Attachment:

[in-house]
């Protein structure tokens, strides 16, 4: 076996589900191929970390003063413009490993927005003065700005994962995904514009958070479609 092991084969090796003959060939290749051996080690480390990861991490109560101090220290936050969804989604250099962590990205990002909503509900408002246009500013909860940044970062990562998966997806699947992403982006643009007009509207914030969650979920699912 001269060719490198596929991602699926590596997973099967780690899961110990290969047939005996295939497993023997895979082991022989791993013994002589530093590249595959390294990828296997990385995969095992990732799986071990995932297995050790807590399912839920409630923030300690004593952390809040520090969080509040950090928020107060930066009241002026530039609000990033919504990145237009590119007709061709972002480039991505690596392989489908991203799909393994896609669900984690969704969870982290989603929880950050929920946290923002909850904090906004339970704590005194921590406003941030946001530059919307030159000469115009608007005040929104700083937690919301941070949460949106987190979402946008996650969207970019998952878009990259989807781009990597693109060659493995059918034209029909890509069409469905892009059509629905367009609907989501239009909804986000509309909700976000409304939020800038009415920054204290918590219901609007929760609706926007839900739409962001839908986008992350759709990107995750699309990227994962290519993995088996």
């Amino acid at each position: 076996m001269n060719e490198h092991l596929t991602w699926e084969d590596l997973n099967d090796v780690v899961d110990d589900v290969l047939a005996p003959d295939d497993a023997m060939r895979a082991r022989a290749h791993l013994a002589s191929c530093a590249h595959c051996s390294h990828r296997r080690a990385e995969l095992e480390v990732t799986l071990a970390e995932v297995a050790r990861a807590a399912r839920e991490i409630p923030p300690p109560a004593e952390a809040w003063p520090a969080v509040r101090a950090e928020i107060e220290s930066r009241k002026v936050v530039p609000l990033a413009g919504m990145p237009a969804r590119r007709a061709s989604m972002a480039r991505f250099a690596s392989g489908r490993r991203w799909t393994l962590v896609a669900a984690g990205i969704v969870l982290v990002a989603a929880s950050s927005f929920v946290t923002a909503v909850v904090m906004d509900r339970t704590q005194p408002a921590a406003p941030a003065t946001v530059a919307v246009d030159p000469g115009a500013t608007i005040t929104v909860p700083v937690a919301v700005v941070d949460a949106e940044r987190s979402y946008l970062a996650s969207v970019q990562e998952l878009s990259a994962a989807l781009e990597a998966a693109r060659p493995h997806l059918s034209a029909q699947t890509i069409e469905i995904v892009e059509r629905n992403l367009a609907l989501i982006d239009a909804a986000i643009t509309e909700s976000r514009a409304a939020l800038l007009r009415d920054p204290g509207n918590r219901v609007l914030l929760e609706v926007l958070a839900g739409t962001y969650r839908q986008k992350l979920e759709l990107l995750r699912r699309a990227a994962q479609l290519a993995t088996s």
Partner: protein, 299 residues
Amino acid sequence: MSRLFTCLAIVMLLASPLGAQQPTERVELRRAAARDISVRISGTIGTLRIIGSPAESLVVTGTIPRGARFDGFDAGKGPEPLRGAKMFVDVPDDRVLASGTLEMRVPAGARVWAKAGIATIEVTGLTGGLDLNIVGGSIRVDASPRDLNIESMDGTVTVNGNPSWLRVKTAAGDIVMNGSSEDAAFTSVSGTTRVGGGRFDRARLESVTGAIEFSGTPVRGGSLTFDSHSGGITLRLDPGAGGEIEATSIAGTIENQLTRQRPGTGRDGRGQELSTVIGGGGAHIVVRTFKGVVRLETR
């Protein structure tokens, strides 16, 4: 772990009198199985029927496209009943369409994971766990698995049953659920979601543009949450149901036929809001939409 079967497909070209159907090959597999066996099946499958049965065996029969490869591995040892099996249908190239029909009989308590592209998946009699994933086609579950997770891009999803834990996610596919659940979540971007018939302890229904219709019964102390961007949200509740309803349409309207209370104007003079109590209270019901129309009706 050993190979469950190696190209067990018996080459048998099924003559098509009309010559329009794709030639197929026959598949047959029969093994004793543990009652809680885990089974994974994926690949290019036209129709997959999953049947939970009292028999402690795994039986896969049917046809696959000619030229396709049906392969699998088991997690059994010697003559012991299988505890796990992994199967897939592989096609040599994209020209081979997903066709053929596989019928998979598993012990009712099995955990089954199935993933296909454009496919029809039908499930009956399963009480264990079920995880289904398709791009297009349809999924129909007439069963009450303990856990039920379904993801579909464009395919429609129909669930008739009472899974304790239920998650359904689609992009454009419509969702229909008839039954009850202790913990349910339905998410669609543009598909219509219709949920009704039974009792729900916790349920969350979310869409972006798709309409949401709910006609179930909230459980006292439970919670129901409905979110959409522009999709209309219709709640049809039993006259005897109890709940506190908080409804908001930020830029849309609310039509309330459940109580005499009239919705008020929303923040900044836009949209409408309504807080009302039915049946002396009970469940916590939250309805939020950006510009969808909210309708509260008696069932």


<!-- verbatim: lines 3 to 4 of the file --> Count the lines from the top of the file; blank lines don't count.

């Amino acid at each position: 076996m001269n060719e490198h092991l596929t991602w699926e084969d590596l997973n099967d090796v780690v899961d110990d589900v290969l047939a005996p003959d295939d497993a023997m060939r895979a082991r022989a290749h791993l013994a002589s191929c530093a590249h595959c051996s390294h990828r296997r080690a990385e995969l095992e480390v990732t799986l071990a970390e995932v297995a050790r990861a807590a399912r839920e991490i409630p923030p300690p109560a004593e952390a809040w003063p520090a969080v509040r101090a950090e928020i107060e220290s930066r009241k002026v936050v530039p609000l990033a413009g919504m990145p237009a969804r590119r007709a061709s989604m972002a480039r991505f250099a690596s392989g489908r490993r991203w799909t393994l962590v896609a669900a984690g990205i969704v969870l982290v990002a989603a929880s950050s927005f929920v946290t923002a909503v909850v904090m906004d509900r339970t704590q005194p408002a921590a406003p941030a003065t946001v530059a919307v246009d030159p000469g115009a500013t608007i005040t929104v909860p700083v937690a919301v700005v941070d949460a949106e940044r987190s979402y946008l970062a996650s969207v970019q990562e998952l878009s990259a994962a989807l781009e990597a998966a693109r060659p493995h997806l059918s034209a029909q699947t890509i069409e469905i995904v892009e059509r629905n992403l367009a609907l989501i982006d239009a909804a986000i643009t509309e909700s976000r514009a409304a939020l800038l007009r009415d920054p204290g509207n918590r219901v609007l914030l929760e609706v926007l958070a839900g739409t962001y969650r839908q986008k992350l979920e759709l990107l995750r699912r699309a990227a994962q479609l290519a993995t088996s």
Partner: protein, 299 residues